One in three union members joined strikes, say employers

UCU says that universities should focus on solving dispute ‘instead of trying to spin their way out of this’

January 7, 2020
UCU strike at Goldsmiths, University of London
Source: Eleanor Bentall

Around one in three University and College Union members joined pre-Christmas industrial action over pay and pensions in UK higher education, according to employers.

The Universities and Colleges Employers Association said that returns from the 58 campuses affected by the disputes indicated that 29.2 per cent of union members took strike action over the eight-day period in November and December, amounting to 5 per cent of all staff in these institutions. UCU also called out members on strike at two research institutes.

Ucea said that participation “was varied and the impact generally low”. Seventy-nine per cent of universities reported generally low or no impact on teaching, although, of those reporting low impact, a third said that they had pockets of medium impact and a quarter had pockets of high impact.

A further 14.3 per cent reported low impact across the whole institution, with 4.1 per cent stating that there had been no impact.

“All 58 affected institutions regret strike action and any resultant disruption that is caused, especially to students,” a Ucea spokesman said.

The strikes ended without a deal and union members on affected campuses have been undertaking “action short of a strike” – which involves working to contract and not covering for absent colleagues – since they ended.

Later in December, the union announced that members at a further 24 higher education institutions were being asked again whether they would be willing to walk out, after failing to meet the turnout threshold in the first ballot.

A UCU spokesman said that “despite trying to play down the solid action from UCU members before Christmas, Ucea also talks about its regret for the disruption caused by the strikes and its fears for further disruption should staff be forced to walk out again”.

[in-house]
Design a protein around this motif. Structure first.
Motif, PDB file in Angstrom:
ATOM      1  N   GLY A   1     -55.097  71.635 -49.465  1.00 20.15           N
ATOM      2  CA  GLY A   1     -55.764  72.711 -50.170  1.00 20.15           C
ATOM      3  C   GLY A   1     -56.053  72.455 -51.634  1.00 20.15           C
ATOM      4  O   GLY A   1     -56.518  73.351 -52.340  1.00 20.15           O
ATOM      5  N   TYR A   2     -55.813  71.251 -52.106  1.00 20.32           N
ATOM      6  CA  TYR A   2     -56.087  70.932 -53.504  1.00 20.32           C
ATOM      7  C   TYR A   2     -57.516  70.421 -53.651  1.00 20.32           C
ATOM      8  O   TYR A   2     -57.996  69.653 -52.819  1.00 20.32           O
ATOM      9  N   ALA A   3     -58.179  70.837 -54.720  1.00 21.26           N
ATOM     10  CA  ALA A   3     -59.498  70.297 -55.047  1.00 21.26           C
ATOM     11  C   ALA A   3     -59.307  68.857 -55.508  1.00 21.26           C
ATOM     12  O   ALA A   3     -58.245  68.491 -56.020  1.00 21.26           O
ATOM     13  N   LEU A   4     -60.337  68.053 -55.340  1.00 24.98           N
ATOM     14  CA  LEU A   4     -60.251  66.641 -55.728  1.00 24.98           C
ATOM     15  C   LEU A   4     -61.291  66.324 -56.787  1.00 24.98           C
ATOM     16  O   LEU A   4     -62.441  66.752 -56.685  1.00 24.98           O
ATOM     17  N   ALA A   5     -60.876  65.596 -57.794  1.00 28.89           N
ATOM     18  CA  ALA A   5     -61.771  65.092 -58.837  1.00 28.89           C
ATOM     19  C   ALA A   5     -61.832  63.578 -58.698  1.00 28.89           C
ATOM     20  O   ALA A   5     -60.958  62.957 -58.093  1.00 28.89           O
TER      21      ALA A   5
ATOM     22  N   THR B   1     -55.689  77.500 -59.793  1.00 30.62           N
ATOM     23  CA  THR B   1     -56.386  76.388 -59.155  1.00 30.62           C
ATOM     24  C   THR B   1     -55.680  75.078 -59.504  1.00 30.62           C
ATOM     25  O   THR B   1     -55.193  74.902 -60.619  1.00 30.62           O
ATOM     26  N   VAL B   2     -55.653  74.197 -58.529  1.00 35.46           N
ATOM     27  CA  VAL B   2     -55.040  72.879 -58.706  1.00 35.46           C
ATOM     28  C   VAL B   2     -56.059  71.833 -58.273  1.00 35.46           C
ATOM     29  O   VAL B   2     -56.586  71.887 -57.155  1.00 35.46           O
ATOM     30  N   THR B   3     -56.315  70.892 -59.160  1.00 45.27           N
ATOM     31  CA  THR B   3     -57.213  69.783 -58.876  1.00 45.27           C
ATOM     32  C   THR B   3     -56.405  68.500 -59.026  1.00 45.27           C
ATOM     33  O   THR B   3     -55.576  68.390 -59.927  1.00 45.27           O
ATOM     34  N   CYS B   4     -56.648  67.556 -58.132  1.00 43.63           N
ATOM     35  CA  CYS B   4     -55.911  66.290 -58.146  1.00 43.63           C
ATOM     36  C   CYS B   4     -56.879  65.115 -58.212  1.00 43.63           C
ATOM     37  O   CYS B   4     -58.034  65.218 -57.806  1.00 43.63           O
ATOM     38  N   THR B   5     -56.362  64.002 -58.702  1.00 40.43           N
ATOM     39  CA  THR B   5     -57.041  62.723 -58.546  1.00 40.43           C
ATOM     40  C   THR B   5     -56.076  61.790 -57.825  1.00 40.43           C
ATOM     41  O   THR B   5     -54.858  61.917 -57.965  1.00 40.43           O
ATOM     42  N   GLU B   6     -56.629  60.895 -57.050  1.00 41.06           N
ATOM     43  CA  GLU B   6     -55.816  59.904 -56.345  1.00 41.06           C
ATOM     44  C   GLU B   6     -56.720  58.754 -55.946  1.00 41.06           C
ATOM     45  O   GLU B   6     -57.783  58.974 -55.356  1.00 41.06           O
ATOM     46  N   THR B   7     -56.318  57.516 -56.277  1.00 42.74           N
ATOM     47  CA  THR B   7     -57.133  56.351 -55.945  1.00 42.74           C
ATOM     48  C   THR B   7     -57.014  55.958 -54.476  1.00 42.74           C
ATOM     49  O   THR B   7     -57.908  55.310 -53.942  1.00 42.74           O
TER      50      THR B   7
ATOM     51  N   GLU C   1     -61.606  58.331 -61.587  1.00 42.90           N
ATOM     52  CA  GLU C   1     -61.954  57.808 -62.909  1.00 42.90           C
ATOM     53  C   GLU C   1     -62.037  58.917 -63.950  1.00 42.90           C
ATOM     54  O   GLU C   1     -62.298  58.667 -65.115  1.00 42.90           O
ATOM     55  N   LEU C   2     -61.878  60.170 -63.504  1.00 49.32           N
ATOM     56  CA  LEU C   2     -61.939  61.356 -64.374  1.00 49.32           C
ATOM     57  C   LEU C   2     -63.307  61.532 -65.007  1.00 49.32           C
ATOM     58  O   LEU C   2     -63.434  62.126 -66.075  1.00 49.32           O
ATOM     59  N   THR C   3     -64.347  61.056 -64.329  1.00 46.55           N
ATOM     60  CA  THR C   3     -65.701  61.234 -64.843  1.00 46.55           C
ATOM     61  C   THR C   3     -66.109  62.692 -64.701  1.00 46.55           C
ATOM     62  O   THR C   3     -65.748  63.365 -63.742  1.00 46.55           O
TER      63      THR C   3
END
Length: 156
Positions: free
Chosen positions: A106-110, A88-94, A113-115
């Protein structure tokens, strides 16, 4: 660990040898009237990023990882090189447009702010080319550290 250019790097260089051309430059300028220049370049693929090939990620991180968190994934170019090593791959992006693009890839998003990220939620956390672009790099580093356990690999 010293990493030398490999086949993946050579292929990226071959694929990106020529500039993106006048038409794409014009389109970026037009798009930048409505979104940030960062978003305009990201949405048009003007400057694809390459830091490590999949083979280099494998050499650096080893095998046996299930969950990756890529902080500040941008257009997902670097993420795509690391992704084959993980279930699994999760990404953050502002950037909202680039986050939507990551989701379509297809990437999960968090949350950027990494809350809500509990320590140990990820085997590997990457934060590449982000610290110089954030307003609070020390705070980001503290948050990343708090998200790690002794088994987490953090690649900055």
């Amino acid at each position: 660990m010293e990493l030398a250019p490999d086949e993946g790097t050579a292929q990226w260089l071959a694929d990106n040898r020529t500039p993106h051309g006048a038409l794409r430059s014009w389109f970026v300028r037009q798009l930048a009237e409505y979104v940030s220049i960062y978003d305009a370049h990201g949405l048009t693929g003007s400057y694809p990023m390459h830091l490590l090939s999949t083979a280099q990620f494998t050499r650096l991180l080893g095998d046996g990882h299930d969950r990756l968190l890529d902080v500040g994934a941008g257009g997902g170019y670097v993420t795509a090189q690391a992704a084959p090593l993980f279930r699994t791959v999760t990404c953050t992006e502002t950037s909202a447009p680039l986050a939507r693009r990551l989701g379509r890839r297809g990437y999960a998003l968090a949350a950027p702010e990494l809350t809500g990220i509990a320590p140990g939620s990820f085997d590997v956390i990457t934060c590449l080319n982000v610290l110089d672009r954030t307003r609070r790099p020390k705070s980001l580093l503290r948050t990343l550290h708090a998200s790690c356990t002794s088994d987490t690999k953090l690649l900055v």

“Instead of issuing contradictory statements and trying to spin their way out of this, the employers should focus on working with us to try and resolve the dispute,” he said.

If the dispute is not resolved, union members are expected to strike again, alongside any of the re-balloted branches who vote in favour of action, for 14 days.

Ucea said all institutions involved in the pay and conditions dispute were supportive of continuing dialogue with UCU and “hopeful of it leading to an alternative resolution being put to UCU members”. 

“This dialogue has been focusing on the potential for new sector-level work and commitments on the important issues raised around workload, [gender and ethnicity pay gaps] and casual employment,” the Ucea spokesman said.

UCU has previously said any agreement in the dispute must encompass pay alongside any agreements on equality, casualisation and workloads.

At the end of December, employers, the UCU and the USS agreed to get back around the table in January to discuss the pensions dispute.

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Reader's comments (1)

Unsurprising, a lot of early career academics either aren't worried about their pension yet or dare not put their heads above the parapet lest it affects their career, and as a lot of 'other' staff are still stuck on renewable contracts working in many Universities in the 'gig' economy to make ends meet cannot afford to strike. One Oxford based lecturer I know of who lectures in 4 different widely geographically spread Universities can't afford to strike and if they did which University would record it?.